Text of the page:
Former chief of S African COVID-19 committee appointed to WHO Science Council

Fakir Hassen
·2-min read

Johannesburg, Apr 28 (PTI) The former head of South Africa’s ministerial advisory committee on COVID-19, Indian-origin professor Salim Abdool Karim, has been appointed to the World Health Organisation (WHO) Science Council.

The Science Council, which has nine of the world's leading health researchers, is chaired by Nobel Laureate Dr Harold Varmus.

It will provide scientific advice to respond to health problems such as global health threats, interpret the latest scientific and medical knowledge, and identify the latest advances in technology to improve health globally.

The council was inaugurated on Tuesday by WHO Director-General Dr Tedros Adhanom Ghebreyesus.

Speaking at the launch, Adhanom reiterated the importance of science in the formulation of preparedness and response plans to health issues.

“The (COVID-19) pandemic has taught us that science is not an abstract intellectual pursuit; it can be the difference between life and death,” he said.

“The pandemic has also demonstrated that although science can deliver life-saving solutions, there are many other factors that determine whether or not all people are able to enjoy the benefits of science,” Adhanom added.

“Individually you each represent scientific excellence in your domain, and collectively you are an outstanding group of researchers and scientists”, said Dr Soumya Swaminathan, Chief Scientist at the WHO.

Abdool Karim is the Director of the Centre for the AIDS Programme of Research in South Africa (CAPRISA), which confirmed the appointment in a statement on Monday.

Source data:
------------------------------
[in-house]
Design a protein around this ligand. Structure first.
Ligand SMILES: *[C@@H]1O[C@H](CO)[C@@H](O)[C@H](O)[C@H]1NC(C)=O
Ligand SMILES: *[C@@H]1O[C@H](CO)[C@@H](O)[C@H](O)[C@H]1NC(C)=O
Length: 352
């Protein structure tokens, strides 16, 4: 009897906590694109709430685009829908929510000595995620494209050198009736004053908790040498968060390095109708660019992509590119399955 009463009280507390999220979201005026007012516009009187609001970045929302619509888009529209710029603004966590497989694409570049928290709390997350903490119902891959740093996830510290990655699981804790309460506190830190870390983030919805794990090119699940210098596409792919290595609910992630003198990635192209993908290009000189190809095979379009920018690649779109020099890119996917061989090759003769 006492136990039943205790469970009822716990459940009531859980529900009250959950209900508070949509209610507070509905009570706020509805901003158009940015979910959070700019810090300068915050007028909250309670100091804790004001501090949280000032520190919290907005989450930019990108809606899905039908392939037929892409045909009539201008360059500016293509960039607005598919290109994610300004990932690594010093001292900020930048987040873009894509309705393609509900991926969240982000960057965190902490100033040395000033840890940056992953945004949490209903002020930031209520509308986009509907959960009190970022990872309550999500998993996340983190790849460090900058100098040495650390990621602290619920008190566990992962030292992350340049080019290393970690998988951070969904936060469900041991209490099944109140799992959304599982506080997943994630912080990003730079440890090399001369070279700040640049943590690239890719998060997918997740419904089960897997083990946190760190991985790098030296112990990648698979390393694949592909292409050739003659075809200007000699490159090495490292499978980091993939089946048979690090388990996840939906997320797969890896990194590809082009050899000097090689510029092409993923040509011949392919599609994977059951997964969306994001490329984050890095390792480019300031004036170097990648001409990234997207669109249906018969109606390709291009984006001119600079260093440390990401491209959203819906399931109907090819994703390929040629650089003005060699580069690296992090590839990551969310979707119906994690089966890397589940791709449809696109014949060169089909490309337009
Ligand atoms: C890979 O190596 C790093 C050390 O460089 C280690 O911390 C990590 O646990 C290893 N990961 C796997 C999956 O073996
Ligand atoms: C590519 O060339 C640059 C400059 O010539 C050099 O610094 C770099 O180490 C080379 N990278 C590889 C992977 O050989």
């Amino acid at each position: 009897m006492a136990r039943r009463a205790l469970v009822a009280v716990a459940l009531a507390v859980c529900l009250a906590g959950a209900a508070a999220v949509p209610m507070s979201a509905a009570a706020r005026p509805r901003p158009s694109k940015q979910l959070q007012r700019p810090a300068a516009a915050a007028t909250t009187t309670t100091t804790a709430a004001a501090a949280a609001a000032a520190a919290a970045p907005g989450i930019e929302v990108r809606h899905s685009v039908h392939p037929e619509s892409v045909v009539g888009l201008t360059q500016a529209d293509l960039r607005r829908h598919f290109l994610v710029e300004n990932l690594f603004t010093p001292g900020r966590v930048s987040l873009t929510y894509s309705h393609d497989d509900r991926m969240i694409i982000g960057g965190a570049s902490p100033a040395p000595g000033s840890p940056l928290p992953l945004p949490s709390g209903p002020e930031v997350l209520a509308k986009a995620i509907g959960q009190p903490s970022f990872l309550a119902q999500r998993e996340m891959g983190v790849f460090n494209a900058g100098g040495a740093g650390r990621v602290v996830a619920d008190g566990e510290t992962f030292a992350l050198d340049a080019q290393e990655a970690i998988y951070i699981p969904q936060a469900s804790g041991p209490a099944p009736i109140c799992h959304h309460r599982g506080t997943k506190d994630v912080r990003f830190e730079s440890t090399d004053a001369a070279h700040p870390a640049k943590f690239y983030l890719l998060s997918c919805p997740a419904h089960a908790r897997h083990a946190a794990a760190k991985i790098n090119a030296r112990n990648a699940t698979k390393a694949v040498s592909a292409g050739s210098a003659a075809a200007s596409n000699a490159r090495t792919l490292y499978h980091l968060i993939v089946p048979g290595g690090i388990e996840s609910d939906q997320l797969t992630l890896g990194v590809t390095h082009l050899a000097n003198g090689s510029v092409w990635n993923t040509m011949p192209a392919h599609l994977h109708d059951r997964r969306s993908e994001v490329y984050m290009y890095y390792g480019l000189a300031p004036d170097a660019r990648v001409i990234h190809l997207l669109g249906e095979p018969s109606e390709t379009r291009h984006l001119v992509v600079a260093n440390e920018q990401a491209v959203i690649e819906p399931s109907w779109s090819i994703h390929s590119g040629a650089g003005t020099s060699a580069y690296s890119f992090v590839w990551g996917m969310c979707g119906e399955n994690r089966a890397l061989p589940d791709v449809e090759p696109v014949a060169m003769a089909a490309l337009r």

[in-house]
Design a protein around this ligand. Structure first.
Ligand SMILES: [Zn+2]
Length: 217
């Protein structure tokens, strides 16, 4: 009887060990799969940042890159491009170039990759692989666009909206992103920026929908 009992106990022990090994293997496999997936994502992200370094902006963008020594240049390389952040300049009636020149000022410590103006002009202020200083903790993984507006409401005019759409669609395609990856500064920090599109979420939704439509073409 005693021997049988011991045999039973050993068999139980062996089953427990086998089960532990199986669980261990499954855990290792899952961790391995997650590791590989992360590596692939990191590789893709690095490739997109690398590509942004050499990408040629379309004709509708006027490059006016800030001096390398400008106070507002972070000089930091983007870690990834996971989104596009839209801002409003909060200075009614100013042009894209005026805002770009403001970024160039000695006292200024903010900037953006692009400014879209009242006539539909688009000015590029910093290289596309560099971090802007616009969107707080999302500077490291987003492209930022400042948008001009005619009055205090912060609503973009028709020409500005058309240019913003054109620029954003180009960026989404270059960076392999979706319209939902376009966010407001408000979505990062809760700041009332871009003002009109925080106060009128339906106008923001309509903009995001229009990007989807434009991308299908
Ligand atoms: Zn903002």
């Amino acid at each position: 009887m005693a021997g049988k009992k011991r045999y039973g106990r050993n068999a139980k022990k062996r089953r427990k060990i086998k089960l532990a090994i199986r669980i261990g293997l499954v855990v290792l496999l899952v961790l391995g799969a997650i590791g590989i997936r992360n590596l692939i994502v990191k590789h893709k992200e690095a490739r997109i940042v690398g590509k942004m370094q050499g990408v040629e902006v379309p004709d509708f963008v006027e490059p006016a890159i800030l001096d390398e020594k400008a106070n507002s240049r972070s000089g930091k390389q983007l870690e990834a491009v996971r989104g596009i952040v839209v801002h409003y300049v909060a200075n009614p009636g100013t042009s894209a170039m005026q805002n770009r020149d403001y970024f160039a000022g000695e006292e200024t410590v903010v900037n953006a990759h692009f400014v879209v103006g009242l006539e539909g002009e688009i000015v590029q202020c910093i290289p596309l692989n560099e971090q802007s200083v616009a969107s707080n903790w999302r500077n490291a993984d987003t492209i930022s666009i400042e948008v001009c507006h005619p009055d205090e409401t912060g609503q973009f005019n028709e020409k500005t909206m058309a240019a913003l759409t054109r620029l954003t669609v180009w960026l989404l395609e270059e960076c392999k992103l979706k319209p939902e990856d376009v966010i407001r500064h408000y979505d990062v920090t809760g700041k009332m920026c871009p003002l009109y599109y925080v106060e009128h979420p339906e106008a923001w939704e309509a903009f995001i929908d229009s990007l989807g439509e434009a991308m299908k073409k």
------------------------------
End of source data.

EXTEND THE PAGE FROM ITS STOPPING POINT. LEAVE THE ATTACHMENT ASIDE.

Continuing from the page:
He is also a professor of global health at Columbia University.

Karim, who is internationally renowned for his scientific contributions in the fields of AIDS and COVID-19, stepped down from his position as chair of the ministerial committee last month to concentrate on his academic work.

During his year-long tenure, Karim became the face of the fight against the pandemic in South Africa, with commendations for his approach to simplifying for laymen the issues related to COVID-19.

'Pandemics such as AIDS and COVID-19 have highlighted the important role of science in global health. I am looking forward to participating in this council, providing scientific advice to WHO on future developments in health that the world needs to be better prepared for,' he said about his appointment.

Other members of the Science Council are Dr Edith Heard, Director General of the European Molecular Biology Laboratory, United Kingdom; Adeeba Kamarulzaman, professor of medicine and infectious diseases, University of Malaya, Malaysia; Dr Mary-Claire King, professor of genome sciences, University of Washington, USA; Abla Mehio Sibai, professor of epidemiology, American University of Beirut, Lebanon; Dr Denis Mukwege, gynaecologist and Nobel Peace laureate, Democratic Republic of Congo; Dr Bill Pape, Director of Gheskio, Haiti; and Dr Yongyuth Yuthavong, National Centre for Genetic Engineering and Biotechnology, Thailand. PTI FH IJT